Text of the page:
Air Force Flight Lt. Jerry John Rawlings occupies a remarkable role in contemporary African affairs as perhaps only the second military man on this continent during its post-independence period to have taken power in two consecutive coups

The strongman ruler of neighboring Togo, Gen. Gnassingbe Eyadema, at age 28, led Africa's first modern coup in 1963, handed power over to a civilian leader, then toppled that government in 1967 and reinstalled himself.

Rawlings, 34, who said recently that he "was slightly naive" the last time around when a junior-officer palace coup in June 1979 put him in power, also handed over power to a civilian government. He then brought it down a little more than two years afterward with a predawn coup on Dec. 31.

In 1979, persistent reporters had little trouble getting to the gregarious leader for an interview. A champion of the common man, Rawlings' style then was a firm handshake and an informal "Hi, I'm Jerry" introduction. This time, interviews have been sparse.

At his one general press conference with foreign reporters recently, he said he "sincerely" wondered "how many of you here will give a deliberate distortion of what is going on in this country."

Rawlings remains, as he was in 1979, an immensely popular figure with low-income urban workers, but his standing is unclear in rural areas where more than 80 percent of Ghana's 14 million people live.

He has evaded setting a date for a possible return to elected civilian government, but has said his provisional National Defense Council is "interested in putting together a national team of people who are competent, committed and of faultless integrity."

Rawlings, who has made at least one public trip to Libya during the two years he was out of power, openly admires Col. Muammar Qaddafi's revolution as outlined in the latter's Green Book and reflected in the country's official name, the Socialist People's Libyan Arab Jamahiriya (State of the Masses). Rawlings has called Libya "a revolutionary dream."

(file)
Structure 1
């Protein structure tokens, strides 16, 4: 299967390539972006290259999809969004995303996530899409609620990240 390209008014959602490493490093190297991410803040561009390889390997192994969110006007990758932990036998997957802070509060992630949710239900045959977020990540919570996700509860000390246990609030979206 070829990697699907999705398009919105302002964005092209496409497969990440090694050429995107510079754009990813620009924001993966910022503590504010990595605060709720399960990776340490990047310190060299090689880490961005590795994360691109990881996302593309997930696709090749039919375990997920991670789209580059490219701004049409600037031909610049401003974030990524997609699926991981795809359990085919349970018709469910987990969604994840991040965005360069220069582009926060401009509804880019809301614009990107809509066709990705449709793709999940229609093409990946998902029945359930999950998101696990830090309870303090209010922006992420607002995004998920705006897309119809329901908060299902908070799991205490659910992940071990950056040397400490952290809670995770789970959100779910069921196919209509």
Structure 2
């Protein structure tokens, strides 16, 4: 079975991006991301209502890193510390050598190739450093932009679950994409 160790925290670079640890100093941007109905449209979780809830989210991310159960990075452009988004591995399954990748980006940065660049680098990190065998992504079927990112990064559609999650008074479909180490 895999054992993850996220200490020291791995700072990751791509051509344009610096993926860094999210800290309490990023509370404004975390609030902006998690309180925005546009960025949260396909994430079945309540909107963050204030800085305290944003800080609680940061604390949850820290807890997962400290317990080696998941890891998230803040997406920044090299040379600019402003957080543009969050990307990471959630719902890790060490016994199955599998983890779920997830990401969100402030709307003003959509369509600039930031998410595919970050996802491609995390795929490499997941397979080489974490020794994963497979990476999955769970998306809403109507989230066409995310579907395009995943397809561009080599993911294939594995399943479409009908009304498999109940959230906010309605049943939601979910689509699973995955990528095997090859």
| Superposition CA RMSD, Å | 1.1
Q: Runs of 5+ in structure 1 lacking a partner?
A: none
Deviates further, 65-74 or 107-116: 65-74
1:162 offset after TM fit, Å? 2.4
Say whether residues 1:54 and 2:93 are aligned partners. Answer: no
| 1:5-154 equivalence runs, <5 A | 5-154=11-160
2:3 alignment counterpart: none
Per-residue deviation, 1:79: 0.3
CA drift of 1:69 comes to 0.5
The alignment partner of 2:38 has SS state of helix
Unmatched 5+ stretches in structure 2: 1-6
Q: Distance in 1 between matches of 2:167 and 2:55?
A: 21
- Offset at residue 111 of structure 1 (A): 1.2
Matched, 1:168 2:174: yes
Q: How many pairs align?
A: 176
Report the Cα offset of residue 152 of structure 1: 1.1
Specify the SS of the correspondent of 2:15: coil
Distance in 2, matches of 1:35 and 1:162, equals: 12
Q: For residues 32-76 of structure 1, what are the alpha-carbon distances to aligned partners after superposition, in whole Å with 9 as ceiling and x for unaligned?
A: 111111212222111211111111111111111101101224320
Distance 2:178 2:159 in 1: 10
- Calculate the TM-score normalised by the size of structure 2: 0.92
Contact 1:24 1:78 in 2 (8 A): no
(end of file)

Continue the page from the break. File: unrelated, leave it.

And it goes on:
Qaddafi was the first leader to congratulate Rawlings on his successful coup and the two countries quickly reestablished diplomatic ties broken in November 1980 by the deposed government of Hilla Limann. Limann accused the Libyans of recruiting Ghanaians for training to overthrow his government. The Libyans have reopened their "people's bureau," or embassy, in Accra and donated tons of badly needed food and medicine to Rawlings' government.

Eight of the band of ex-soldiers with Rawlings on the morning of the coup reportedly received military training in Libya. "We do not think that Libya was involved in the coup," said a well-informed non-Ghanaian source. "They trained some men but there are no indications that they were trained for a coup," the source said

As Rawlings begins putting in place his own revolution, only weeks away from Ghana's March 6 silver anniversary of independence, he may be forced to call on Qaddafi for more assistance. Domestic food supplies are expected to run out at the beginning of the rainy season in April.

"There is no excuse for our food crisis," said Rawlings in a speech outlining his reasons for the coup. "Why should people go hungry, when large tracts of fertile land lie idle and fertilizers also lie wastefully at [the] ports?"